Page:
Perfectionism is one of the biggest barriers to working toward mastery.4 Curiosity is a prerequisite to learning and achieving mastery. Perfectionism kills our curiosity by telling us that we have to know everything or risk looking less than.
Perfectionism is not striving to be our best or working toward excellence. Healthy striving is internally driven (How can I improve?). Perfectionism is externally driven by a simple but potentially all-consuming question: What will people think?
Perfectionism is self-destructive. There is no such thing as perfect and perfection is an unattainable goal. Perfectionism is about trying to earn approval and be perceived as perfect. We cannot control other people’s perceptions.
Perfectionism is addictive. When we inevitably fall short (because, again, there is no such thing as perfection), we believe it was because we weren’t perfect enough so we strive to be more perfect. Perfectionism increases the odds that we experience shame.
Perfectionism causes “life paralysis”, all of the opportunities we don’t take because we are too afraid that what we do or put into the world could be imperfect. Life paralysis is also all of the dreams we don’t follow because we are scared of failing or making mistakes.
“Like shame, guilt is an emotion that we experience when we fall short of our own expectations or standards. However, with guilt, our focus is on having done something wrong and on doing something to set things right, like apologizing or changing a behavior.”
We feel guilty when we compare something we’ve done against our values and they don’t match up, when we live without integrity. The focus is on our behaviors, not our self like it is with shame. With reflection, guilt can be a driver of positive personal change.
“We can define humiliation as the intensely painful feeling that we’ve been unjustly degraded, ridiculed, or put down and that our identity has been demeaned or devalued.”
Humiliation causes us to feel unworthy of connection, like shame, but we don’t believe that we deserve that feeling of unworthiness. With shame, we do believe that we deserve our feeling of unworthiness.
“Embarrassment is a fleeting feeling of self-conscious discomfort in response to a minor incident that was witnessed by others.”
Embarrassment is fleeting and is often seen as funny or something that could have happened to anyone. Embarrassment can be triggered from three types of events: committing a faux pas or social mistake, being the center of attention, and being in a sticky social situation.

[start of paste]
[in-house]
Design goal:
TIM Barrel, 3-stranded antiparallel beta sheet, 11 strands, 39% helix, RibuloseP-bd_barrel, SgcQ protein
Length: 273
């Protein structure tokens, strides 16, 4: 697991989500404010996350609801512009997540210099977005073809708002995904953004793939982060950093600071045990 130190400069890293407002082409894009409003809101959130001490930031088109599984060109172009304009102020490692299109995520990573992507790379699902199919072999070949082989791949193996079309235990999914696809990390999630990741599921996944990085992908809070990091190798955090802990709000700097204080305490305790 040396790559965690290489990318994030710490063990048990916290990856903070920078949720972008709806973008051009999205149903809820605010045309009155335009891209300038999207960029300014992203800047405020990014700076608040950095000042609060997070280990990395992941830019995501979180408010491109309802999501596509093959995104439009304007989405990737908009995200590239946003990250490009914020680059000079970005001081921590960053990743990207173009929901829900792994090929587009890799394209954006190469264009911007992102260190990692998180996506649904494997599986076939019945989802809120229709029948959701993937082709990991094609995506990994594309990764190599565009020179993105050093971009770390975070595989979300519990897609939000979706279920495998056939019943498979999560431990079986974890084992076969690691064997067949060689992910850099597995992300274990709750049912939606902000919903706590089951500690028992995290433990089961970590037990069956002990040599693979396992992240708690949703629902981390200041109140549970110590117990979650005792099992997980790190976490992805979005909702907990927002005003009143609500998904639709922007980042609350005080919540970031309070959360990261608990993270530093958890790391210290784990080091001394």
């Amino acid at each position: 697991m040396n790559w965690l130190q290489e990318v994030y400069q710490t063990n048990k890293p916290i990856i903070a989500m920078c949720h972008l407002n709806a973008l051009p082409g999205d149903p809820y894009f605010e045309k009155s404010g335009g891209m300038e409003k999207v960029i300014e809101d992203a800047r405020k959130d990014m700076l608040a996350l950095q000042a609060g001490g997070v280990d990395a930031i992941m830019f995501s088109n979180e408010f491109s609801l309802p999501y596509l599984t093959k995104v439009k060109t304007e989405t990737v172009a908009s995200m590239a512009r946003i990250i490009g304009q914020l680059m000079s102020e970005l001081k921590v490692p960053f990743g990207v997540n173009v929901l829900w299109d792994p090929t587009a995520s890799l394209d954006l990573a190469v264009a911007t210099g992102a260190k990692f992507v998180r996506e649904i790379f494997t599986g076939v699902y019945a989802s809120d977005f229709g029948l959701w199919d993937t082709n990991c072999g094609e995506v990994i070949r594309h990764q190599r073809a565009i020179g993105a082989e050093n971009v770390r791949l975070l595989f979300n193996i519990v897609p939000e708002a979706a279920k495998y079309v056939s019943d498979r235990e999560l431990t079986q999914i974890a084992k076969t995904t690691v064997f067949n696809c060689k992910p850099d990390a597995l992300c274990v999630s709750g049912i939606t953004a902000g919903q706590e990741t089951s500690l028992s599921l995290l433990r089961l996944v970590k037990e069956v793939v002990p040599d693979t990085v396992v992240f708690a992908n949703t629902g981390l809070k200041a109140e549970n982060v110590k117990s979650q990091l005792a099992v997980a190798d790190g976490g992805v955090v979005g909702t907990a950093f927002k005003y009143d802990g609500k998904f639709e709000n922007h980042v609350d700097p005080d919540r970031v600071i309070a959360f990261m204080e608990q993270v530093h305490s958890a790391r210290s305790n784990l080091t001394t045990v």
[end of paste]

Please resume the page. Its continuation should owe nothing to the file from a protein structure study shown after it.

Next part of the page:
When We Search for Connection
Belonging and Fitting In
“Belonging is a practice that requires us to be vulnerable, get uncomfortable, and learn how to be present with people without sacrificing who we are.”
When we have a deeper sense of belonging and connection to a larger humanity actually gives us more freedom to express our individuality without fear of jeopardizing belonging. Belonging means sharing our authentic selves with the world. “True belonging doesn’t require us to change who are; it requires us to be who we are.”
Fitting in is the near enemy of belonging. Because we have an instinctual desire to be a part of a group, we will go to great lengths to fit in. We try and make some fake figure of ourselves just to fit in and as soon as we do or say something that is true to our authentic selves, we risk our (false) comfort of belonging. There can’t be true belonging if people don’t really know who we are. “Authenticity is a requirement for belonging, and fitting in is a threat.”
“I define connection as the energy that exists between people when they feel seen, heard, and valued; when they can give and receive without judgment; and when they derive sustenance and strength from the relationship.”
As described by Judith Jordan, “The need for connection in which growth is a priority is the core motivation in people’s lives. In growth-fostering relationships, people are able to bring themselves most fully and authentically into connection.”
“Disconnection is often equated with social rejection, social exclusion, and/or social isolation, and these feelings of disconnection actually share the same neural pathways with feelings of physical pain.”